Baking soda can be used in a paste to remove foot calluses.

What’s the Best Foot Callus Removal Method

The dreaded foot callus. Why is it there? Where did it come from? And most importantly, how do you get rid of it? Read on to learn how to get rid of calluses!

For some, learning to remove foot calluses can be as tough as the calluses themselves. Taking on these formidable foes is one of humankind’s longest-running grudge matches, but it’s one you can win. There are plenty of ways to remove calluses out there, but finding the most effective one may require some trial and error.

Old-fashioned elbow grease is the most labor-intensive method—just grab a handheld file or pumice stone and start grinding away. If you’re looking for a less strenuous approach, though, there are a number of retail and home callus removers that can safely break down the coarse skin with mild chemicals.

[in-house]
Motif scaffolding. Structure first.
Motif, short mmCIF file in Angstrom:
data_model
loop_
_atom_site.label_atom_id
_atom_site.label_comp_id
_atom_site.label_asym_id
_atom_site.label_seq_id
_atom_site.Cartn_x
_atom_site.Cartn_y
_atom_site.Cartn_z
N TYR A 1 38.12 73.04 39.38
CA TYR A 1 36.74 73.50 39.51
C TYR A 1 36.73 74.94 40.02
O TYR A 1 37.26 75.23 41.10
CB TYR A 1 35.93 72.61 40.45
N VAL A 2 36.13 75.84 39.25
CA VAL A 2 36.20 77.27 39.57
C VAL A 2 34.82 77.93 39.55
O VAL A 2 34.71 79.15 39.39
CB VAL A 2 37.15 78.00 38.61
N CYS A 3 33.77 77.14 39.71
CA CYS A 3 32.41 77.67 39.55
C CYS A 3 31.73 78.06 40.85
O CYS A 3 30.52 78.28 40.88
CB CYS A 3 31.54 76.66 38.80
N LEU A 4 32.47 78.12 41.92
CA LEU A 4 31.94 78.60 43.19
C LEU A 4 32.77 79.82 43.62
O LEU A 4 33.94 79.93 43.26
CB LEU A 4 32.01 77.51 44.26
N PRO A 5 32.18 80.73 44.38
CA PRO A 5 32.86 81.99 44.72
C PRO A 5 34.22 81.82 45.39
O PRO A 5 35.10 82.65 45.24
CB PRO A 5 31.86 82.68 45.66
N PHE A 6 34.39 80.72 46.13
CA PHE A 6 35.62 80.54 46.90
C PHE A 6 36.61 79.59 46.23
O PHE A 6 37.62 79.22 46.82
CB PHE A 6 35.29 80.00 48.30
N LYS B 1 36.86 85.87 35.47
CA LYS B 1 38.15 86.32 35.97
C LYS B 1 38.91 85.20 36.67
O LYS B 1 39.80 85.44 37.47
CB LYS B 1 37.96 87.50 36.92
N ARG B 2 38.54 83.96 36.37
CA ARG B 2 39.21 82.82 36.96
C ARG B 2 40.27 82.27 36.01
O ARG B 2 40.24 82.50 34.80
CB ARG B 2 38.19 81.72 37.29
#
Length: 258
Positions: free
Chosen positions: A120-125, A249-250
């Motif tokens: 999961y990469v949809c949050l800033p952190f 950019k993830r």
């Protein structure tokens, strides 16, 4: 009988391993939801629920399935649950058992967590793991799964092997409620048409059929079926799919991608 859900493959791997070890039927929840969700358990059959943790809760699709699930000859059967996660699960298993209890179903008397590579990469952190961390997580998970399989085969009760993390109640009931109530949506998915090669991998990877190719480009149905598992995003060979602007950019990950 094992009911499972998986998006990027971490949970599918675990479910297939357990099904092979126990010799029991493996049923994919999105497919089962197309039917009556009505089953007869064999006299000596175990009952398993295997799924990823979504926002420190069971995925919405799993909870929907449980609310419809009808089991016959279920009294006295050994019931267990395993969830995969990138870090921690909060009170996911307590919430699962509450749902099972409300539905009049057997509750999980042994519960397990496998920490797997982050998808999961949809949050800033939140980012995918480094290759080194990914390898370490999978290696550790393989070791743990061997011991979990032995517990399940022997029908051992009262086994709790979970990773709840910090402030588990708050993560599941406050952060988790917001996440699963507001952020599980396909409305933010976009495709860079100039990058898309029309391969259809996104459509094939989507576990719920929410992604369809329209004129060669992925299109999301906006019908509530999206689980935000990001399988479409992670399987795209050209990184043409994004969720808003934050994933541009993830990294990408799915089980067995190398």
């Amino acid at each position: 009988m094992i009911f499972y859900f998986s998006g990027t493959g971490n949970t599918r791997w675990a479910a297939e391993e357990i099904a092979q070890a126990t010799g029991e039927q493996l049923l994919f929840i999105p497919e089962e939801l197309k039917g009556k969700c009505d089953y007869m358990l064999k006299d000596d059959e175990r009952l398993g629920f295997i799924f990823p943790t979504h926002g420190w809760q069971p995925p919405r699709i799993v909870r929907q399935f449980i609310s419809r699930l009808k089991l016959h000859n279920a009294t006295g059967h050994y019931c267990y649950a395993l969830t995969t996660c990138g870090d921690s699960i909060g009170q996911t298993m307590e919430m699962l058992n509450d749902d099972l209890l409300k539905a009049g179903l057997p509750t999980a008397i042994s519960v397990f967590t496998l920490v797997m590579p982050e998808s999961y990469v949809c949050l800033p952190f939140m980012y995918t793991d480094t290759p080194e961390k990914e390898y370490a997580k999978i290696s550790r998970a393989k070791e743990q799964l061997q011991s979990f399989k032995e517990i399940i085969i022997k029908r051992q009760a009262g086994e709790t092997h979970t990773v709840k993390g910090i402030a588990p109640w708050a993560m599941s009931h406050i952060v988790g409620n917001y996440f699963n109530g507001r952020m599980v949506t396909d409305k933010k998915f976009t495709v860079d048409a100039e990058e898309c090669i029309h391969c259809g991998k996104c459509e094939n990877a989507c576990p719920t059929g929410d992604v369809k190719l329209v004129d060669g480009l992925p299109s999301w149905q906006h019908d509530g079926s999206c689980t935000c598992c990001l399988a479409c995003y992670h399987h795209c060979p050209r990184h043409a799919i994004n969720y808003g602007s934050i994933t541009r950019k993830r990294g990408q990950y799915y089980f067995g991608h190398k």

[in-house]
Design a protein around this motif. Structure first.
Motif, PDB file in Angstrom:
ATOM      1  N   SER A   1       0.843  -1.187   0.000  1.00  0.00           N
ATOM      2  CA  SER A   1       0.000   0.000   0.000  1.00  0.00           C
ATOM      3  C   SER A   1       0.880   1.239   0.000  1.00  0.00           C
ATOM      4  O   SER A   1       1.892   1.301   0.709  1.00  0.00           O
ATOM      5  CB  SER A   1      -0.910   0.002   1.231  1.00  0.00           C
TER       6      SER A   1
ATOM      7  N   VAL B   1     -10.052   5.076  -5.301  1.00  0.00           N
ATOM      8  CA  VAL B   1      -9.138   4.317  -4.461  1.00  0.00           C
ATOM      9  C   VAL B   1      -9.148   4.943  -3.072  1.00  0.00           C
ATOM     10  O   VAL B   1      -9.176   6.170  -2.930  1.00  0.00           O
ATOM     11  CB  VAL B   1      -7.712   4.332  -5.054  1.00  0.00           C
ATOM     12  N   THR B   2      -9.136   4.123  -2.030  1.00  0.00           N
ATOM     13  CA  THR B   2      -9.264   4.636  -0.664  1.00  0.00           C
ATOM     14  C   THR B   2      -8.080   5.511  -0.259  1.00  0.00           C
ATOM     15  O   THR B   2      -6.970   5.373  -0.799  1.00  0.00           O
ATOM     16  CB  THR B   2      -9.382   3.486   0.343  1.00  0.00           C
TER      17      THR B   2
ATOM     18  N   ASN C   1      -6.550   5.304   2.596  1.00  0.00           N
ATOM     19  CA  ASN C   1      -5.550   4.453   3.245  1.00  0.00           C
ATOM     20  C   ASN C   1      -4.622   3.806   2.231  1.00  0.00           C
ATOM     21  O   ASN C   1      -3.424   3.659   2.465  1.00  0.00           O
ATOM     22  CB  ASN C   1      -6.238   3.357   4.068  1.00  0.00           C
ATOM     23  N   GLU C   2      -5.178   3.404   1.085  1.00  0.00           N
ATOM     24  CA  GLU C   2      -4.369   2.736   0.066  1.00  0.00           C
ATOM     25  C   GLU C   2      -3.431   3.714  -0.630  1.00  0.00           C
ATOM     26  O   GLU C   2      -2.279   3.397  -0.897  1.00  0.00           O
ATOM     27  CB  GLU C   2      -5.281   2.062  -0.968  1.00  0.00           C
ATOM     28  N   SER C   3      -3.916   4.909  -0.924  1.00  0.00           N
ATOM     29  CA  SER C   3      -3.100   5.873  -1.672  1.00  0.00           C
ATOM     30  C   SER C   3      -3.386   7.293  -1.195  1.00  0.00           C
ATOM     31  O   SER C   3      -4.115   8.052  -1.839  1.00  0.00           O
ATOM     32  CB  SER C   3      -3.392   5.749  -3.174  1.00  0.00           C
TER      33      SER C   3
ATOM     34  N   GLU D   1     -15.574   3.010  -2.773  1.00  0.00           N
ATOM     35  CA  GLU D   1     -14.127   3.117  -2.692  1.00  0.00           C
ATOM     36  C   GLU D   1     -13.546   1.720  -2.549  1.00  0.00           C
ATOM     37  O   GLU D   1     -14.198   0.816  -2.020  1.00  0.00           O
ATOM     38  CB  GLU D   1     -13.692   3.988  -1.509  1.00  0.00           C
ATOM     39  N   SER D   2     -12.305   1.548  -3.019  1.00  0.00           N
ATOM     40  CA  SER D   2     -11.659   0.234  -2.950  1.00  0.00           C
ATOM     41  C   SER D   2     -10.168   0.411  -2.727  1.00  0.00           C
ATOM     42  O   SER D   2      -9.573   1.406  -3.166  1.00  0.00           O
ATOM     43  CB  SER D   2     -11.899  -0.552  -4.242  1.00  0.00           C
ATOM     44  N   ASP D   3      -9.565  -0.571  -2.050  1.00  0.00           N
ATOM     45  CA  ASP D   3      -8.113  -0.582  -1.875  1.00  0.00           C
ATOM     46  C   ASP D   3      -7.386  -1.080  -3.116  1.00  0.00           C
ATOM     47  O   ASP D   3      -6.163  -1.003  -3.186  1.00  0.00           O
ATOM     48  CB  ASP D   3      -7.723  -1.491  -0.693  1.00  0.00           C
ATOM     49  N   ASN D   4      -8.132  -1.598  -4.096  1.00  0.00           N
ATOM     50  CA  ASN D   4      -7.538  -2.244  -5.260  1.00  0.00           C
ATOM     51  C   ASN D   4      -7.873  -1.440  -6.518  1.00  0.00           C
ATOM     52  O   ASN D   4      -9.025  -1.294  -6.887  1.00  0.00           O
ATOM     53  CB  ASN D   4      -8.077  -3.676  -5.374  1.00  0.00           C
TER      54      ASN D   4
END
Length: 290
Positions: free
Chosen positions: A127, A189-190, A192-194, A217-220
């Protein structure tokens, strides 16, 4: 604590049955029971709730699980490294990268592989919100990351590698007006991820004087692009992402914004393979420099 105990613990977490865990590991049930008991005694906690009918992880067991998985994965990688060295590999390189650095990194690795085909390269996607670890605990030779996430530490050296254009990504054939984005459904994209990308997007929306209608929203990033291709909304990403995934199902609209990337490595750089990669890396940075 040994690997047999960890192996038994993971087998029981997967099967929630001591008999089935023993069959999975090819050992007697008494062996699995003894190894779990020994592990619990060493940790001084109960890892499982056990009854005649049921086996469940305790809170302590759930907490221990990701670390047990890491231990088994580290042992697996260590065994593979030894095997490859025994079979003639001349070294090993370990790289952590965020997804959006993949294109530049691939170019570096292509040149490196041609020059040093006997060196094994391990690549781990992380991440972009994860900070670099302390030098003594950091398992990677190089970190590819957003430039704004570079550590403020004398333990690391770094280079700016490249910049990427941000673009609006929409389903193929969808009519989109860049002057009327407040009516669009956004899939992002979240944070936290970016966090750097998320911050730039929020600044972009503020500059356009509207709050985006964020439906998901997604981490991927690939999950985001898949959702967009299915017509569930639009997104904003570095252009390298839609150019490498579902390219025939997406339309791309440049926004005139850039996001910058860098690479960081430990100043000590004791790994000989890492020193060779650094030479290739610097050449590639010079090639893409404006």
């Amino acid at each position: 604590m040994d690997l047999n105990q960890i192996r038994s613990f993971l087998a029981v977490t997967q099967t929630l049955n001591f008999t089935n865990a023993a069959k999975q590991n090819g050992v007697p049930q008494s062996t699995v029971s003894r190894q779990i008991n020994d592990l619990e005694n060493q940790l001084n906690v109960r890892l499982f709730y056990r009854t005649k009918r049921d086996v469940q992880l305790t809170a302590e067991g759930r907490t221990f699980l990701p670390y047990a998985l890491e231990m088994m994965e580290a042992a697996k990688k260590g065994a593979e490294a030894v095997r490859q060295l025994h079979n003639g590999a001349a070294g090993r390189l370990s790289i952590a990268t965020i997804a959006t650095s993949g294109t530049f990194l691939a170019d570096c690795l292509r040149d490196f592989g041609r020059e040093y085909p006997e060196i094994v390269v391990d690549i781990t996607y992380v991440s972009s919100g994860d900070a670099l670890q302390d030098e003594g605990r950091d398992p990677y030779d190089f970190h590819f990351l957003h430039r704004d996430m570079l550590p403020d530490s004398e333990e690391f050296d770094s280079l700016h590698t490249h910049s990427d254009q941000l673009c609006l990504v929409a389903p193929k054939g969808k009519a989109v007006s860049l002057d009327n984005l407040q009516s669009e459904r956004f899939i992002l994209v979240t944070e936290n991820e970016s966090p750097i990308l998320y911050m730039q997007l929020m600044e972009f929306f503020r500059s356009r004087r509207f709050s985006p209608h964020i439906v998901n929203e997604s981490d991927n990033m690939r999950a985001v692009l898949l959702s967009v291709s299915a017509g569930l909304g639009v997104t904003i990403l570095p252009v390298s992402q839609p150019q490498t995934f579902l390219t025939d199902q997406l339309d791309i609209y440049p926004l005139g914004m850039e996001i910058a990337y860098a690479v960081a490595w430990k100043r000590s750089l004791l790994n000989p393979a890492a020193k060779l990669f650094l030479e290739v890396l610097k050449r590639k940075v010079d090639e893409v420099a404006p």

Below are four of the best ways to safely remove foot calluses, but first, here’s the 411 on these stubborn sole crushers. 

What is a Callus on Your Feet?

Much in the way that your internal immune system leaps into action to fight infection, your feet have their own defense mechanism—calluses. 

Like your palms, the bottom of your feet are tender. And the thinner, more pliable skin on your soles takes a beating. Calluses occur when the outer layers of skin try to protect an underlying area from pressure or friction often caused by walking or standing for long stretches. Calluses are typically found on the heels or balls of your feet. They can be rough and unsightly but are generally harmless. That said, they can also be a source of discomfort or even pain. If that’s the case, you should see a podiatrist. Interestingly, women are also more prone to calluses than men.

What Causes Calluses to Build Up on Your Feet?

Calluses can begin to build up on your feet for a variety of reasons. If your shoes don’t fit properly or you have sweaty feet, you’re even more susceptible to these buggers. Knowing the cause of calluses is half the battle. Below you can find the most common causes of foot calluses:

  • Medical conditions like arthritis affect the normal alignment of the bones in your feet
  • Walking barefoot, without socks